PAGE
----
That kind of week

by Lady Mercury [Reviews - 7]

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  • All Ages
  • None
  • Fluff, General, Hurt/Comfort, Standalone

When he drops the screwdriver it rolls swiftly under the refrigerator. Just out of reach. He tries poking his foot under to roll it out again, but his shoelace gets caught and he nearly lands flat on his back. Only with a truly preposterous amount of arm flailing does he manage to keep his balance. He ducks down to pry it out and is seized with a coughing fit. He’s been just a bit under the weather since Venice, but it’s nothing that can’t take care of itself. He sits back on his heels, leaning an arm on the door for support and coughing enthusiastically.

Blood, though, he wasn’t expecting.

(He thinks there’s a pun in there somewhere–something to do with expectorants.)

It’s been that kind of week.



The wiring in the door, now that was a surprise. The sixteenth century isn’t exactly known for its use of electricity. Hadn’t even thought about that. He’d stumbled into a railing and slid down the stairs, reeling from the shock he got, lay blinking at the stars that spun around Rory’s face. (There are puns everywhere, he swears he can smell them.)

Painful as all get out, but invigorating.

Then there were the bells. They’d been pealing so loud it caused him actual pain. Took a swing on a clapper just to shut them up. His ears are still ringing.

Venetian vampires, though. He’d had a good romp, seen Amy and Rory make up again. Has them both in the TARDIS now to keep him company. Not a bad week, not at all. But now there’s this blood, and he really doesn’t know what to make of it.



“Oh, Doctor. I hate to say it, but I think you’ve a touch of pneumonia,” Amy says.

“That’s absurd. Time Lord physiology is different,” he harrumphs, stifling another cough.

“I know. But you can’t get all soaked through in the rain and not change into something dry after and still expect your body to be pleased with you no matter what planet you’re from.”

“Pond, I have been to dozens, hundreds, maybe thousands of planets, I’ve been ‘soaked through’ more times that I could possibly count, and never, not once, have I ever caught anything remotely resembling pneumonia. That is a human,” he coughs, “a thoroughly human,” coughs again, “disease.”

Coughs again.

Amy thumps his back and smiles knowingly. “I’ll get Rory.”

He opens his mouth to protest but thinks better of it. Rubs his sore chest and glowers after her instead.



The Doctor is an awful patient. He makes both Amy and Rory frown uncomfortably at the wisecracks he makes when he’s told to remove his shirt and jacket. Literally jumps when Rory places the cold stethoscope on his back. Sighs exaggeratedly (nearly triggering another fit) when asked to breathe deeply.

“We done yet?” He reaches towards his pile of clothes.

“Give me that screwdriver-y thing,” says Rory.

“What? Why?” The Doctor works up the buttons of his shirt with one hand and places the other over his jacket protectively.

“I don’t suppose you have an x-ray machine in here, and the blasted thing can do everything else.”

The Doctor narrows his eyes. “Clever,” he murmurs, not entirely uncomplimentary. Taps a few buttons, gives the whole thing a twist and hands it over. “Careful, now.”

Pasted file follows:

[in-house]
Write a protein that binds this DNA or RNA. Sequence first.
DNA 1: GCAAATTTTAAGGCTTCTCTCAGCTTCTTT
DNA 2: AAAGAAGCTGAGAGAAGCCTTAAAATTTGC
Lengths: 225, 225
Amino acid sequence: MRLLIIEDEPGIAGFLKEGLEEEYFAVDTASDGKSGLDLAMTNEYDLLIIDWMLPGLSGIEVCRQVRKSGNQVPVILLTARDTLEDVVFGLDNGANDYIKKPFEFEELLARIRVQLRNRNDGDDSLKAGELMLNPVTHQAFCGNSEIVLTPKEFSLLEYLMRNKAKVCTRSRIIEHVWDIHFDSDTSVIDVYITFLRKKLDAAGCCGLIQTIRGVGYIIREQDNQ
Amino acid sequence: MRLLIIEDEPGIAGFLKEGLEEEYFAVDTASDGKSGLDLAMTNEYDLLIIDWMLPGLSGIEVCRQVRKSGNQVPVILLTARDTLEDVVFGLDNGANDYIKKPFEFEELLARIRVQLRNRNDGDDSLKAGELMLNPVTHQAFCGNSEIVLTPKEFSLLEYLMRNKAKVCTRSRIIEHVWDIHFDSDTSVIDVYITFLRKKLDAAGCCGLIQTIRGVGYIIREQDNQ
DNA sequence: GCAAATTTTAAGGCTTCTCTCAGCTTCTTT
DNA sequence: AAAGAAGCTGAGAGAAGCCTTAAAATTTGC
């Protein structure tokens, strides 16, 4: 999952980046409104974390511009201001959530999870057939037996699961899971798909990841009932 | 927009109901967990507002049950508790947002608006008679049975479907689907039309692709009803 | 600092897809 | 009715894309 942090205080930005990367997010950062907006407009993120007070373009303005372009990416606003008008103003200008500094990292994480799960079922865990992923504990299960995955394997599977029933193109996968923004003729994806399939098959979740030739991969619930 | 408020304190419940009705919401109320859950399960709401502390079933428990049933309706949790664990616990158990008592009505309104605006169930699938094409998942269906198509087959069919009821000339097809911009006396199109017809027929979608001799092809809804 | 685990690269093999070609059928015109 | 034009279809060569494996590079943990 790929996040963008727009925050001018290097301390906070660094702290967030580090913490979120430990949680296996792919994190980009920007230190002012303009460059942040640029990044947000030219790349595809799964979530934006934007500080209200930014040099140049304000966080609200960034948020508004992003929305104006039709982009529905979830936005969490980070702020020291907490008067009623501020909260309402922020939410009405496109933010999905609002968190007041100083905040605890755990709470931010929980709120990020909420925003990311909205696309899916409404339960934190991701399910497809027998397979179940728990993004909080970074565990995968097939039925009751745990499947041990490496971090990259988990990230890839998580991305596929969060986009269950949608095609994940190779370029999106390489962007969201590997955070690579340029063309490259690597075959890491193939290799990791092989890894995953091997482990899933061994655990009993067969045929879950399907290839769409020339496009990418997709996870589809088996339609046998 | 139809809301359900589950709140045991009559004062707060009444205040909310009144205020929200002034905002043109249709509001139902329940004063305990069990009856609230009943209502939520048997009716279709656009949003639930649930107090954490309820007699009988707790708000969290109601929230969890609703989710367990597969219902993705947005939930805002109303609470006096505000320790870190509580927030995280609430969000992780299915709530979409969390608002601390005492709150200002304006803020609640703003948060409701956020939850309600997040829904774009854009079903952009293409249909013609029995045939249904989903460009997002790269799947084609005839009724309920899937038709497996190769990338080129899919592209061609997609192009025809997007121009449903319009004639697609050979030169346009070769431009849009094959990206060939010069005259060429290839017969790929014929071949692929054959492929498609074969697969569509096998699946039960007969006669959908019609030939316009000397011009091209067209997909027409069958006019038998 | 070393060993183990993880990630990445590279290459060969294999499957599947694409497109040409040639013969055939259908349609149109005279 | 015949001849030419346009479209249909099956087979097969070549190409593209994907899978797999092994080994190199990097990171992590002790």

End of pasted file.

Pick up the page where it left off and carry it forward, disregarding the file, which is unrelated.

Rory points the screwdriver at his chest, bathing it in a bright green light. “Take a deep breath.”

The Doctor lets his hand fall from his shirt placket, inhales obligingly. He’s starting to feel a bit dizzy, wobble a bit. Amy links her arm in his and he relaxes against her.

A long moment passes. Rory’s frowning right through his chest. “I’m no radiologist, but I can tell you what fluid in the lungs looks like, and it looks like,” he waves the screwdriver about like some kind of flashlight-cum-medical scanner, finally pointing it at a patch of the Doctor’s lung, “that.”

The Doctor is suitably impressed. Although he has many reasons for not sharing this with Rory, the main one is that exactly five seconds later he’s doubled over in a fit, clutching his belly while Amy wipes the blood from his lips.

When he can sit up again, Rory’s standing in front of him with his arms crossed. “Yeah, definitely pneumonia.”



He hasn’t slept in this bed since before his last regeneration. Amy sets a glass of water on the bedpost and folds two pills into his hand.

“No aspirin,” he protests weakly.

“No aspirin,” she agrees, kissing him on the forehead. “Rory found it in the cupboard. Says it looks like it’ll help, short of stopping off at the chemist's.”

He opens his hand and squints at the tablets. “Pan-species antibiotic. Yeah, it’ll do. Clever boy.” Pops them into his mouth and drinks the whole glass down.

“You want me to get you anything? Soup? Tea? A book?”

His eyes are already shut and he just shakes his head. “No…yes. Tea. Later.” His hand fumbles about until it reaches hers, and she takes it. “G’night, Pond.”

“Sleep well, Doctor.” She gives his hand a squeeze and goes to join Rory, who’s waiting in the doorway.



He’s running a fever and starting to feel a bit shaky. The racking cough has left him pains in his chest, in the pit of his stomach, and he’s more than just a little under the weather, but he knows it’s nothing like to do him in. Never had pneumonia before, and it’s just the sort of adventure for which he needs to save his strength. He eases into the pillows and drops right off to sleep.